Having completed my part of an installation of a 15-rank Wurlitzer
theatre organ, I decided to see if I can make a simple busker organ
in a week's time frame. This was prompted by a friend machining for
me a John Smith 20-note tracker bar out of solid aluminum. Details
of this project are being posted to the blog at my web site
When this organ is completed it will be literally "home grown". The
pipes on the front of the organ will be made of pine and pear wood from
the garden. The pear tree was a wild tree that grew up from seed, and
which produced tough and not too tasty fruit. The pine wood is from
a Monterrey pine which regularly needs to be topped to keep the views
clear. The rest of the organ is made from the scraps leftover from the
Caliola project. The sides are milled from some blocks given to me by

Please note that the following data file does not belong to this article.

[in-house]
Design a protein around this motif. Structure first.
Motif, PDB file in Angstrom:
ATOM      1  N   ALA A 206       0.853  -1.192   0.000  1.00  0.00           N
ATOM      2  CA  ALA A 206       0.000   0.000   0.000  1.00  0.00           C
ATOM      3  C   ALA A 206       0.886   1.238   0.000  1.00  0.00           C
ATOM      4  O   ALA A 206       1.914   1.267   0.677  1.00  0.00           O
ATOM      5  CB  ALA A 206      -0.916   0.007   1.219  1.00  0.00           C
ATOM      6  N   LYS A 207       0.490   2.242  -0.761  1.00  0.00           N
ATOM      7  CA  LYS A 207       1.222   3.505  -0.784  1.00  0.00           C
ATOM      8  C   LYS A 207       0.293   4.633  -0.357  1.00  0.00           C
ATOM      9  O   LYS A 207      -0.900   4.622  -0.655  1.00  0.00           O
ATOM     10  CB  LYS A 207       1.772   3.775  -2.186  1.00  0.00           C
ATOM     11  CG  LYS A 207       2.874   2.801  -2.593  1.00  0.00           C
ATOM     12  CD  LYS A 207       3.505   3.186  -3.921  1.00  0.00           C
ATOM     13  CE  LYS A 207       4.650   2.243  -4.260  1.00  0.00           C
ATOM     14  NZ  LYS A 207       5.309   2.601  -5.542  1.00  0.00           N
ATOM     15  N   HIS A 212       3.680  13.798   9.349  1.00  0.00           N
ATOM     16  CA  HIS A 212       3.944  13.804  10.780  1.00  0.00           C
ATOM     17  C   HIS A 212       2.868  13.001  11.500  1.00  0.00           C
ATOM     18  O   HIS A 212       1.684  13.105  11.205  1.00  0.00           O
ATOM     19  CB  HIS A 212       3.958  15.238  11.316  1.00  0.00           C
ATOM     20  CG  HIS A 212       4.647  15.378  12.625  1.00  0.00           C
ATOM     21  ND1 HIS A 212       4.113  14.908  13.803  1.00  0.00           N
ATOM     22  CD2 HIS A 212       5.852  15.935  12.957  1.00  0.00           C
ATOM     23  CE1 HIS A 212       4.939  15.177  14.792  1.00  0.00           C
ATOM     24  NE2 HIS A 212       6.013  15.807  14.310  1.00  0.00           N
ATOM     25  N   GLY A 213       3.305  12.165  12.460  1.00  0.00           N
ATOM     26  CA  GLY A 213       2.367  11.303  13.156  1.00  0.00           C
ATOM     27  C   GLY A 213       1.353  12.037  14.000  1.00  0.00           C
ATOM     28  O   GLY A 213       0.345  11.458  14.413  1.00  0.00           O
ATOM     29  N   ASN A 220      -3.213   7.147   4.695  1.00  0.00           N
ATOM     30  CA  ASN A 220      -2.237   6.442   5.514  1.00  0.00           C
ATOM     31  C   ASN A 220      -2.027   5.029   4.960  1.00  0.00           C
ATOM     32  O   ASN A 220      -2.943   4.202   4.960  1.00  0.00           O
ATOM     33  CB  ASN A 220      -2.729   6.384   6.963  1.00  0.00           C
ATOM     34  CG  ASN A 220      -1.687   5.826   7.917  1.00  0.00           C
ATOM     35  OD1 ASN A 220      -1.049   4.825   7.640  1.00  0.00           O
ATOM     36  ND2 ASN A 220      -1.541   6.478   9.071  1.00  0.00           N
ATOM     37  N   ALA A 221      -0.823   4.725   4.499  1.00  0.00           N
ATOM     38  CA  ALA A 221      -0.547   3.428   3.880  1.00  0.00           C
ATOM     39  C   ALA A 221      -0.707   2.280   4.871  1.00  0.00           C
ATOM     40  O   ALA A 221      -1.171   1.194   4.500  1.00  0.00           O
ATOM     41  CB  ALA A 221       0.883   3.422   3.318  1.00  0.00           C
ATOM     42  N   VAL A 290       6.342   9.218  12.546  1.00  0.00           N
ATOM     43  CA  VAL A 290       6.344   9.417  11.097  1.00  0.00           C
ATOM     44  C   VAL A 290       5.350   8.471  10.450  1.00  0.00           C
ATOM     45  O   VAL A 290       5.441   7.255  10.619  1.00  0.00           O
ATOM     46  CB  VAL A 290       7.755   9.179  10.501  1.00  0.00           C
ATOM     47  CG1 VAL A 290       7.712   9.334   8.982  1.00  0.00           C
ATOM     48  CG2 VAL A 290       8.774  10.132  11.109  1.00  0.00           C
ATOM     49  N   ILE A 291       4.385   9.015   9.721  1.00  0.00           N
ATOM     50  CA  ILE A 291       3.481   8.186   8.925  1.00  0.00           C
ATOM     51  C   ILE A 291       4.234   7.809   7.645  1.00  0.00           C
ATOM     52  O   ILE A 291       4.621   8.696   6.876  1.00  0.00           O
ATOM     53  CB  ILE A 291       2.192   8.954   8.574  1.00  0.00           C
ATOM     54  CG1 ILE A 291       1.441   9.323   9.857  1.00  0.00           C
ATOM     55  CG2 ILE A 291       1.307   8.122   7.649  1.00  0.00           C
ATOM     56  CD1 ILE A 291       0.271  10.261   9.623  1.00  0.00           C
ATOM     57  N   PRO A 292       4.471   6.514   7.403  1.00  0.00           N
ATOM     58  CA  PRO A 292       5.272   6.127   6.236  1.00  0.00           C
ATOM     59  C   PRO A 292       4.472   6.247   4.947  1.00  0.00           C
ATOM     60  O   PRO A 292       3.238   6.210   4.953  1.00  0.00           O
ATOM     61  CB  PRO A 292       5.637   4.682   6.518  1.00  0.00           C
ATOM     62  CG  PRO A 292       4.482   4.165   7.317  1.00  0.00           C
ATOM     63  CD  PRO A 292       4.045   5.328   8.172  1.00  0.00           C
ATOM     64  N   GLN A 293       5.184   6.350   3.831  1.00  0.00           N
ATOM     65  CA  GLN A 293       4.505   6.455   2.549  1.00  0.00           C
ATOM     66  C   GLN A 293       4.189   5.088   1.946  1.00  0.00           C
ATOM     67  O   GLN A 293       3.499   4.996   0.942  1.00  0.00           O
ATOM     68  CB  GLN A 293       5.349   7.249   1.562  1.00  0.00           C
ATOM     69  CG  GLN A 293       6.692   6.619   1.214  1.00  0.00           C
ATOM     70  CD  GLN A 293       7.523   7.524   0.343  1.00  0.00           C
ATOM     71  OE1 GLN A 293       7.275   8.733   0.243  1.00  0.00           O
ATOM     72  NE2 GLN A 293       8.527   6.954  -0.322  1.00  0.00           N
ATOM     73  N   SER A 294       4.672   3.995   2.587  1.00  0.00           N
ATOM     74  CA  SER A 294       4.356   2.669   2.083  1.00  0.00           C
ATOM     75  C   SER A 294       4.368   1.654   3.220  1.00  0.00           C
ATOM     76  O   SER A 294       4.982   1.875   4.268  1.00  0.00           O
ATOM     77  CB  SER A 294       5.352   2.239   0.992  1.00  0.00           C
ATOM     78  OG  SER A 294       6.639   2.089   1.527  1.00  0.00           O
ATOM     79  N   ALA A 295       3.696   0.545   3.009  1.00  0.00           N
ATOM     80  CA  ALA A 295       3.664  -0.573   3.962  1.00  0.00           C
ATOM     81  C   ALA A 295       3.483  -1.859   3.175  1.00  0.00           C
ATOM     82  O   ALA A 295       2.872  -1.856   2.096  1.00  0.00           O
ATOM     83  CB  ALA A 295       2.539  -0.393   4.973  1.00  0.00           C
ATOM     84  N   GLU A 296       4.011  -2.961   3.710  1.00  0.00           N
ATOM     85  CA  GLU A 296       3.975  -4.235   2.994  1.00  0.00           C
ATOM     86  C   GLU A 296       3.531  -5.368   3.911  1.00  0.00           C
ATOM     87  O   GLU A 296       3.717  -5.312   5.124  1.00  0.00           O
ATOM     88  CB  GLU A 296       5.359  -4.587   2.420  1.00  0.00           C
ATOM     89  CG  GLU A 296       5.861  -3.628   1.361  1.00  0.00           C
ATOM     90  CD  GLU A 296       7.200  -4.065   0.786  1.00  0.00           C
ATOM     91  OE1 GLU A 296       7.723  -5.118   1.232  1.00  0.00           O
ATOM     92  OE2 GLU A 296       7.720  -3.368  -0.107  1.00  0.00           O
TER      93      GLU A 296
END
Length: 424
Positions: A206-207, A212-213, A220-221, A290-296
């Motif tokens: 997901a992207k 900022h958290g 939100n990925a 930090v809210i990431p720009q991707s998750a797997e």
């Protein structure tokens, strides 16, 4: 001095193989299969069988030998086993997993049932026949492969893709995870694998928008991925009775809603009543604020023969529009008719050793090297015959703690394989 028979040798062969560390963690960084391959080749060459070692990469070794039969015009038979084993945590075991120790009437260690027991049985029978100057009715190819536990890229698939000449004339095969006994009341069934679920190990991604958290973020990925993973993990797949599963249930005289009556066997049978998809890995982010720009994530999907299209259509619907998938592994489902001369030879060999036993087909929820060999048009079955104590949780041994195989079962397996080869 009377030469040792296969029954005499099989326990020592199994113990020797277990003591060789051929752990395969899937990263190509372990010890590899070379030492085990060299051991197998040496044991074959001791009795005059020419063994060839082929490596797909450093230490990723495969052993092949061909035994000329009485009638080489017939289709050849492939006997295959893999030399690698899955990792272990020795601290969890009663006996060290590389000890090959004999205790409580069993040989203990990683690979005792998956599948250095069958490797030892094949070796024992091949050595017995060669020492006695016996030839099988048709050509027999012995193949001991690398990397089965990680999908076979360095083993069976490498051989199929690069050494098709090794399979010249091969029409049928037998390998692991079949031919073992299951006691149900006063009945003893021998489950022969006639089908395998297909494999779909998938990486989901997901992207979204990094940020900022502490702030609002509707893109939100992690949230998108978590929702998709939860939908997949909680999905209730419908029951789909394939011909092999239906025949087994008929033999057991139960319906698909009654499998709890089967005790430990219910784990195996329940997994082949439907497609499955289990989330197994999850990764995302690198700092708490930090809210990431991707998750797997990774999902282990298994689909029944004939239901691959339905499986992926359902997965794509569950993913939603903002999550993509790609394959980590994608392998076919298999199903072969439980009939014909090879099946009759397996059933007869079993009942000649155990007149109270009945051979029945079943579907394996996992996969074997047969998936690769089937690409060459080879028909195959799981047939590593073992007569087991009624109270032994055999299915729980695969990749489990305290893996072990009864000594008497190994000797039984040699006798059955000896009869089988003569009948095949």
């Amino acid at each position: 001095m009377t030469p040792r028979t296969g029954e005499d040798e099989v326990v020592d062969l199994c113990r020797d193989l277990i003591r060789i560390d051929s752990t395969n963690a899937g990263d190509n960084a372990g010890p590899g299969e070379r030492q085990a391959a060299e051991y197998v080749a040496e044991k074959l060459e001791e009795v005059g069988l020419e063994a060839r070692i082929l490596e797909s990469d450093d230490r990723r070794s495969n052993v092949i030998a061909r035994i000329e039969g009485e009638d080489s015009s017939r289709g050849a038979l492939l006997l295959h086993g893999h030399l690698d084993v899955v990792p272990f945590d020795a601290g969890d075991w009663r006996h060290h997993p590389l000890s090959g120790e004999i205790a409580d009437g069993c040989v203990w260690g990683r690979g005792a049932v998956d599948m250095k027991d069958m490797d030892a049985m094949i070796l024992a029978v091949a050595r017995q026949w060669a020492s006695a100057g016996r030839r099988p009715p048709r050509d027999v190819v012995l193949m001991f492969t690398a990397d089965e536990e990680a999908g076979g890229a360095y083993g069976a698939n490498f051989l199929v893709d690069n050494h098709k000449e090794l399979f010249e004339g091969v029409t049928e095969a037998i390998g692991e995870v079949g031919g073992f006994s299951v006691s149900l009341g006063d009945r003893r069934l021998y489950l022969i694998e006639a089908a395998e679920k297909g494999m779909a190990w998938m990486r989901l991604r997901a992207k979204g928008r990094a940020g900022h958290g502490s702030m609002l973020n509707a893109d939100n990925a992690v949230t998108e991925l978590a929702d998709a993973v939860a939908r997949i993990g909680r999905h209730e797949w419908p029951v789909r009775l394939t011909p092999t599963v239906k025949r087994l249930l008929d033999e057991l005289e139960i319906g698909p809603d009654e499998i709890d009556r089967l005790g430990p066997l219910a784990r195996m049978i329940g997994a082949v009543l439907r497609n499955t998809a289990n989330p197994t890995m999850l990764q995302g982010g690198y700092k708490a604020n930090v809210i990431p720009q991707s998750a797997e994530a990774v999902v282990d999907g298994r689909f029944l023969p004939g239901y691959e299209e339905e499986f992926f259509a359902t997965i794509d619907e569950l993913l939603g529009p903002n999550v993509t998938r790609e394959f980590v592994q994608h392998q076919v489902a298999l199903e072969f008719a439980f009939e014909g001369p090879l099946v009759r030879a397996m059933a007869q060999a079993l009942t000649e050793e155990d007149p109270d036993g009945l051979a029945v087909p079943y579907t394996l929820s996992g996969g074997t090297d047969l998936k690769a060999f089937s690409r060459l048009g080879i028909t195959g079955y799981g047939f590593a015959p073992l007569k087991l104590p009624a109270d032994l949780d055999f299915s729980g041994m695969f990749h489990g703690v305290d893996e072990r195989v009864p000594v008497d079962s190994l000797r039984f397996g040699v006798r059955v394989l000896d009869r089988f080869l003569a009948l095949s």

the late Marc Elbasani.
The goal is to have this busker organ playing for "Music in the Park"
on the 16th of May, 2009, at Ardenwood Historic Farm in Fremont, Calif.
This event is being hosted by the Golden Gate Chapter of the Musical
Box Society and should feature some of the West Coast band organs.
I am fairly confident I will have the organ done in a week; the
question will be if I can quickly locate some 20-note J. Smith scale
music. I was able to download some MIDI music files and the Midiboek
program by Piet Paardekam. It looks simple enough to cut the sheets
with a razor blade. Of course it would be better if I could quickly
acquire or borrow some rolls and spools for the events this weekend.
I should also note that I have made some changes to the my web site,
to add in a section for my band organ projects as well as some other
interest relating to the clockwork Jaquet-Droz doll that plays a small
pipe organ -- which is, in effect, an early mechanical computer.